We now know the average global temperature during the last ice age

The average global temperature during the last Ice Age 20,000 years ago was 7.7 degrees centigrade, scientists have revealed.

The temperature of the planet during the Last Glacial Maximum (LGM), has been ‘nailed down’ thanks to ancient plankton fossils.

Knowing exactly how cold it was during the LGM can be used to calculate what is known as ‘climate sensitivity’, or how much the earth’s temperature changes in response to carbon in the atmosphere.

Lead author Associate Professor Dr Jessica Tierney at the University of Arizona said: ‘We have a lot of data about this time period because it has been studied for so long.

‘But one question science has long wanted answers to is simple: How cold was the ice age?’

Huge glaciers covering half of North and South America, Europe and parts of Asia, meant only fauna and flora adapted to the cold survived.

Data was collected from ocean plankton fossils and used to determine the sea-surface temperature during the ice age.

The fossil-data was then combined with climate model simulations of the LGM using a weather forecasting technique called data assimilation.

Dr Tierney said: ‘What happens in a weather office is they measure the temperature, pressure, humidity and use these measurements to update a forecasting model and predict the weather.

‘Here, we use the Boulder, Colorado-based National Center for Atmospheric Research climate model to produce a hindcast of the LGM, and then we update this hindcast with the actual data to predict what the climate was like.’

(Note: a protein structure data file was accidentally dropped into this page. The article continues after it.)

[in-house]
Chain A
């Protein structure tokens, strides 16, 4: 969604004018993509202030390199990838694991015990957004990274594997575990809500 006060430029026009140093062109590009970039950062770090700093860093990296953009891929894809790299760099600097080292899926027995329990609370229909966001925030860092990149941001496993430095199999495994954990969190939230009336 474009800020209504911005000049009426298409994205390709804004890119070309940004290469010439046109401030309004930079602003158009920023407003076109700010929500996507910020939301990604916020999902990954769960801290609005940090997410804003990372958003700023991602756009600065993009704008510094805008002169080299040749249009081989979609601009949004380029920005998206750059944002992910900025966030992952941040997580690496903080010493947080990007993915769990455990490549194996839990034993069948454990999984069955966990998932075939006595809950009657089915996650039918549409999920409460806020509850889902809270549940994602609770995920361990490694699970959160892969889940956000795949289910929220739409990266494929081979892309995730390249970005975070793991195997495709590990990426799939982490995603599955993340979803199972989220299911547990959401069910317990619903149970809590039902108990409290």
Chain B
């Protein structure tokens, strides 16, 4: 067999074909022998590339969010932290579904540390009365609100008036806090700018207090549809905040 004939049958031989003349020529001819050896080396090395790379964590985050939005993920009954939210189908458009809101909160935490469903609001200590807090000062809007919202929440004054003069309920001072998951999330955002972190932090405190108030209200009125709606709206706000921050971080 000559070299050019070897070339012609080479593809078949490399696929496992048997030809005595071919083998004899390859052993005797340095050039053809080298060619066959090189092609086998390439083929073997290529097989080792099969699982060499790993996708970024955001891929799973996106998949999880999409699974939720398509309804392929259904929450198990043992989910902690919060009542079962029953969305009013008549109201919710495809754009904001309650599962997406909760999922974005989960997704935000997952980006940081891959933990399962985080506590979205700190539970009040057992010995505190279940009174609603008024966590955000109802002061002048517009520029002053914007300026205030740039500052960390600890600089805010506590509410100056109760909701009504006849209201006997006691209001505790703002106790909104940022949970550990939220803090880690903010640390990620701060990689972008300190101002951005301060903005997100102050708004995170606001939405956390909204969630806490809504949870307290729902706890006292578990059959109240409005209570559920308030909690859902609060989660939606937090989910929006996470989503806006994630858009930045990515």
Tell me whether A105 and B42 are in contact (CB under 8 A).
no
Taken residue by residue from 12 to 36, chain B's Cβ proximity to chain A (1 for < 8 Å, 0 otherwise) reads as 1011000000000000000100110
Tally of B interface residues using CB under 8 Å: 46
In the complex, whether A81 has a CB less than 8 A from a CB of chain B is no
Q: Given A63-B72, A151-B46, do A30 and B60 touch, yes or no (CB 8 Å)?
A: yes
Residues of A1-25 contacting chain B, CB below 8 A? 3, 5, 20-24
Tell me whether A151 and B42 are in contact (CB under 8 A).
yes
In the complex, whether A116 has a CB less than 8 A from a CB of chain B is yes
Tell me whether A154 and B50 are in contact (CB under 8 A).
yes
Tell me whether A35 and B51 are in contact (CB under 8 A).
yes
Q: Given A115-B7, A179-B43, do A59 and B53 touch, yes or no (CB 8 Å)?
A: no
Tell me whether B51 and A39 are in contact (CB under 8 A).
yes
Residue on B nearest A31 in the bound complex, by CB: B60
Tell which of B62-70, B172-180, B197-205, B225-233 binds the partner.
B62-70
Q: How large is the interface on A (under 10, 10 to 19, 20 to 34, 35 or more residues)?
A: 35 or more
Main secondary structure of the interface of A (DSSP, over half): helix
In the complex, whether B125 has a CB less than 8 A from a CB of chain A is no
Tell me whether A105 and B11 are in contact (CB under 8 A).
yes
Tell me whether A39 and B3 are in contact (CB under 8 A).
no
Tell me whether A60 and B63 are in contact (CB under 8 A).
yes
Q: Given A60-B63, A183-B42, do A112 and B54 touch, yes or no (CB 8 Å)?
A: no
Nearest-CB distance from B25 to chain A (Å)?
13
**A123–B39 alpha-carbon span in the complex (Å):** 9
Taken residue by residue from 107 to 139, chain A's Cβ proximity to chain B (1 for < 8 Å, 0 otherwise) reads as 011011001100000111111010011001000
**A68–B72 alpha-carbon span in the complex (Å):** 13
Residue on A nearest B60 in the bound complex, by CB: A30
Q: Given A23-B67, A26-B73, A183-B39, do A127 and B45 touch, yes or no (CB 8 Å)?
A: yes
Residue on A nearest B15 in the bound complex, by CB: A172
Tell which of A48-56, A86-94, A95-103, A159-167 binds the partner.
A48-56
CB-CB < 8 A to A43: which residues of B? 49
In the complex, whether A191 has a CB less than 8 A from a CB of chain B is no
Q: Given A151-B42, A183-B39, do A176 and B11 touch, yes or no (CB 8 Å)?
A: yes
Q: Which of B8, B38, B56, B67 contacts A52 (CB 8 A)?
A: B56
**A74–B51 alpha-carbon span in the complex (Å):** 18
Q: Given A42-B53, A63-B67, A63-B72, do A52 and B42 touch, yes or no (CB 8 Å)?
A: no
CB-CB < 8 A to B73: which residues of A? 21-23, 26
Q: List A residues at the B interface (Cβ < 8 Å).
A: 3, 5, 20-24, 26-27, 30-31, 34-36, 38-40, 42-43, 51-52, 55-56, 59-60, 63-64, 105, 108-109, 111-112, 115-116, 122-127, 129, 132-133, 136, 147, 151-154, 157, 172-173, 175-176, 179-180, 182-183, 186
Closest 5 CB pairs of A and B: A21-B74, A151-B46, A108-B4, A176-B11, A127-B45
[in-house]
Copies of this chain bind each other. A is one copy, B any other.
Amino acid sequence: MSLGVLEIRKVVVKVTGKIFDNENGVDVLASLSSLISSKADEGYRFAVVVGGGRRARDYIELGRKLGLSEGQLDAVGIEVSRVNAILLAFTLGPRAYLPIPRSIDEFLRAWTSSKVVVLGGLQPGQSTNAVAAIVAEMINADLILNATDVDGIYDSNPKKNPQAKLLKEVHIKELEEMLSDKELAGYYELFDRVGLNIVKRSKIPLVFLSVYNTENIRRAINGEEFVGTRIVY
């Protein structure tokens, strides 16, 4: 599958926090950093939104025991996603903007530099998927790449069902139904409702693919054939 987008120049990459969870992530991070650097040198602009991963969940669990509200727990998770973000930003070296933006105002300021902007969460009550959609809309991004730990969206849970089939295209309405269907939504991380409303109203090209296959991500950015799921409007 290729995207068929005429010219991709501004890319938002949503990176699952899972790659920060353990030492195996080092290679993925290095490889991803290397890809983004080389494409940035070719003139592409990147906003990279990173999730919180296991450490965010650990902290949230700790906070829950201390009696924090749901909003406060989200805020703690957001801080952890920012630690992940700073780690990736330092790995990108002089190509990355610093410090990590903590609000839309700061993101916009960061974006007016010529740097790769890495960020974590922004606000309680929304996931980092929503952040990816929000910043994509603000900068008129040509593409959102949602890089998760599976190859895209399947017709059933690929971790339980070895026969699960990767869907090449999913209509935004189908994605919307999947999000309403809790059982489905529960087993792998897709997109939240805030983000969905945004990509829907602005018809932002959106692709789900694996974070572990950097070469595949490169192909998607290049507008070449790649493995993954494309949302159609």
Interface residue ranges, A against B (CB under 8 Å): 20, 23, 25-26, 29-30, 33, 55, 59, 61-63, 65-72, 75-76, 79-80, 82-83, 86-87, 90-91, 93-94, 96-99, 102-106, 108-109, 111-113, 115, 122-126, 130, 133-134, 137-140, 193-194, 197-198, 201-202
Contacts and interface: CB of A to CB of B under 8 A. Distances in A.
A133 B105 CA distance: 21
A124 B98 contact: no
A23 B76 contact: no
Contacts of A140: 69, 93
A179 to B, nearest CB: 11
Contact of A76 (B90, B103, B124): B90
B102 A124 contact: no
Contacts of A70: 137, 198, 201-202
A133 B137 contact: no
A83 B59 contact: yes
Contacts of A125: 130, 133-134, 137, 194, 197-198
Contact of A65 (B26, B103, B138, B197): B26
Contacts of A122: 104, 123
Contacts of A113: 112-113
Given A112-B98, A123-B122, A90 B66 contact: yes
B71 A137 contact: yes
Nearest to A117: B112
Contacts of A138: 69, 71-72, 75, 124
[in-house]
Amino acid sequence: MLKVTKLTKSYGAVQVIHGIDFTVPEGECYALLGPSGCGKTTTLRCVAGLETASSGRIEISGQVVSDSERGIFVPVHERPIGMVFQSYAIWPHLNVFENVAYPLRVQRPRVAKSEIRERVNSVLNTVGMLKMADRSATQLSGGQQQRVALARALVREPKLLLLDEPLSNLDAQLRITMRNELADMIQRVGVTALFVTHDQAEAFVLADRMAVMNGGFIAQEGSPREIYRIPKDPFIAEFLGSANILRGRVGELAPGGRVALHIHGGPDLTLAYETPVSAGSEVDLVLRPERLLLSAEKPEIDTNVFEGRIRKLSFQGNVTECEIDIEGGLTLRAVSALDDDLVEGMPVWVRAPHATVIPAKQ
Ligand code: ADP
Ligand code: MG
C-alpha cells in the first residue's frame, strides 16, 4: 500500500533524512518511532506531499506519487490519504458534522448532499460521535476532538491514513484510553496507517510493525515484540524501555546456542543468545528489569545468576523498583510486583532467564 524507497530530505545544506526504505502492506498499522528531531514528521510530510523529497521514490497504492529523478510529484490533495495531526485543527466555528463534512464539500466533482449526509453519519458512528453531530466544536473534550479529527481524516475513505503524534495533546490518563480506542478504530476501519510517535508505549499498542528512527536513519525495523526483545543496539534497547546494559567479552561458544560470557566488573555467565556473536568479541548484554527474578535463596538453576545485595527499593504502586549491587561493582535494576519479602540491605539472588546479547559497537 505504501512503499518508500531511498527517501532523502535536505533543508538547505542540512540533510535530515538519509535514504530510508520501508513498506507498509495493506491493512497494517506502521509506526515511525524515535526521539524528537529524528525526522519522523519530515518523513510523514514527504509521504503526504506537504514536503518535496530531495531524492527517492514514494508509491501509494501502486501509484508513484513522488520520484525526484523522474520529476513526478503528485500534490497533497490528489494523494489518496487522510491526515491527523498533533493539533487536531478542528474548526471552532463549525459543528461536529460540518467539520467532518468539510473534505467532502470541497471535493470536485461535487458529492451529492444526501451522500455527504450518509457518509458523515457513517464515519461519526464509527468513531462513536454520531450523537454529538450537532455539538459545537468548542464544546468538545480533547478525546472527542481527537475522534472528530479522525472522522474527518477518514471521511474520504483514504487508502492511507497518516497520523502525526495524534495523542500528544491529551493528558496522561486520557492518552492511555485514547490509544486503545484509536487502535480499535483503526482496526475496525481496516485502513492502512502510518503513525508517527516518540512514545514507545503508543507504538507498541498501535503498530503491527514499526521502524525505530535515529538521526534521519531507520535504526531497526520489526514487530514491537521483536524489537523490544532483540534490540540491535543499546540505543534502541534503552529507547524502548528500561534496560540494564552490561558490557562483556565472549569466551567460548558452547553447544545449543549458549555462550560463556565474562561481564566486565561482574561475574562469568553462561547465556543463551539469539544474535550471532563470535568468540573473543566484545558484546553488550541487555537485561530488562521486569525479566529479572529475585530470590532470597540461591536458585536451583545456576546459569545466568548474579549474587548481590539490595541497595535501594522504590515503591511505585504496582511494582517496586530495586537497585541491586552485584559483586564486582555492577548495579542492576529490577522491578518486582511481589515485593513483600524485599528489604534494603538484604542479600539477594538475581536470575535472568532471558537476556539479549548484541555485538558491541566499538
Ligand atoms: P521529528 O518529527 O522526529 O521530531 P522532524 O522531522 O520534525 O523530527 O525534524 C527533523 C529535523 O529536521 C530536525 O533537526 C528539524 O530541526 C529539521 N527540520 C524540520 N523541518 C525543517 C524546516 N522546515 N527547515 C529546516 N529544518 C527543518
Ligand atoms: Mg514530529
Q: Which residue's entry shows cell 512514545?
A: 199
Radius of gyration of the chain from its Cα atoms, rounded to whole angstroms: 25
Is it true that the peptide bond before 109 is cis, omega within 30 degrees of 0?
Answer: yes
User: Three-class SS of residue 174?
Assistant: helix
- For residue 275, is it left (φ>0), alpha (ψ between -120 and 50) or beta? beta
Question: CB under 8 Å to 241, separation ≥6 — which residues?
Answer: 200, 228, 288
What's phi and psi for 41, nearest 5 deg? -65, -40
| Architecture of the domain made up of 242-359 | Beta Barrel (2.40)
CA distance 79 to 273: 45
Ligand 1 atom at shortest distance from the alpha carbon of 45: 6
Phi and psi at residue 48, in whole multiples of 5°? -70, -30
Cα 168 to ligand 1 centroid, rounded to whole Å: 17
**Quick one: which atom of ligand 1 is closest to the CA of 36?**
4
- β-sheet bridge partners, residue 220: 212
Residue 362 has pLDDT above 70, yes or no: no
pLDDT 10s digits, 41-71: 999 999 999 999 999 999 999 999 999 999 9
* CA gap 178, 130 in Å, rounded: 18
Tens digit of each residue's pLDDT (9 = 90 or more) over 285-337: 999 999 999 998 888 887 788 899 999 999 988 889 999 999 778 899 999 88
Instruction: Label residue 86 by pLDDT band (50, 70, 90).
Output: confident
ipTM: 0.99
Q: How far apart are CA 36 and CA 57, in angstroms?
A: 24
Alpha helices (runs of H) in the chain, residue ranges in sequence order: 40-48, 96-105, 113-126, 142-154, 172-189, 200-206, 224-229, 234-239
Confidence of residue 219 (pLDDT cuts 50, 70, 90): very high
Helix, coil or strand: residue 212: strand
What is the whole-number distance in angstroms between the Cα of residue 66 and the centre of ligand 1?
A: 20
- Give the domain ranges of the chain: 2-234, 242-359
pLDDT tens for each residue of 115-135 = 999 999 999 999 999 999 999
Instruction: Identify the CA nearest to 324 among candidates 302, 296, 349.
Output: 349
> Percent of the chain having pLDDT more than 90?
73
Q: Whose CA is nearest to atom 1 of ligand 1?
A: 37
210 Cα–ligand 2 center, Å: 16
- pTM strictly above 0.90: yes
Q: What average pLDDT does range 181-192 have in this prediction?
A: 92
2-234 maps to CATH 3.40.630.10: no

The average temperature during the ice age was six degrees celsius (11F) cooler than today, the researchers found.

In the 20th century, the planet’s average temperature was 14 degrees celsius (57F), but during the ice age it was 7.7 degrees celsius (46F).

Maps were created by the team to illustrate how temperatures varied from region to region.

Dr Tierney said: ‘In your own personal experience that might not sound like a big difference, but, in fact, it’s a huge change.

‘In North America and Europe, the most northern parts were covered in ice and were extremely cold.”

‘But the biggest cooling was in high latitudes, such as the Arctic, where it was about 14 C (25 F) colder than today.’

Building on their new discovery, the team calculated the planet’s sensitivity to carbon in the atmosphere.

Everytime the amount of carbon in the atmosphere doubles, the planet’s temperature should increase by 3.4 degrees celsius (6.1F), the researchers found.

During the ice age atmospheric carbon dioxide levels were very low, around 180 parts per million.

While before the industrial revolution they had grown to 280 parts per million, today they have reached 415 parts per million.

Dr Tierney said: ‘The Paris Agreement wanted to keep global warming to no larger than 2.7 F (1.5 C) over pre-industrial levels, but with carbon dioxide levels increasing the way they are, it would be extremely difficult to avoid more than 3.6 F (2 C) of warming.

‘We already have about one degree celsius (2 F) under our belt, but the less warm we get the better, because the Earth system really does respond to changes in carbon dioxide.’

The team is hoping to use the same technique to examine the climatic conditions during warm periods in the earth’s past.

Dr Tierney said: ‘If we can reconstruct past warm climates, then we can start to answer important questions about how the Earth reacts to really high carbon dioxide levels, and improve our understanding of what future climate change might hold.’

The findings were published in the journal Nature.

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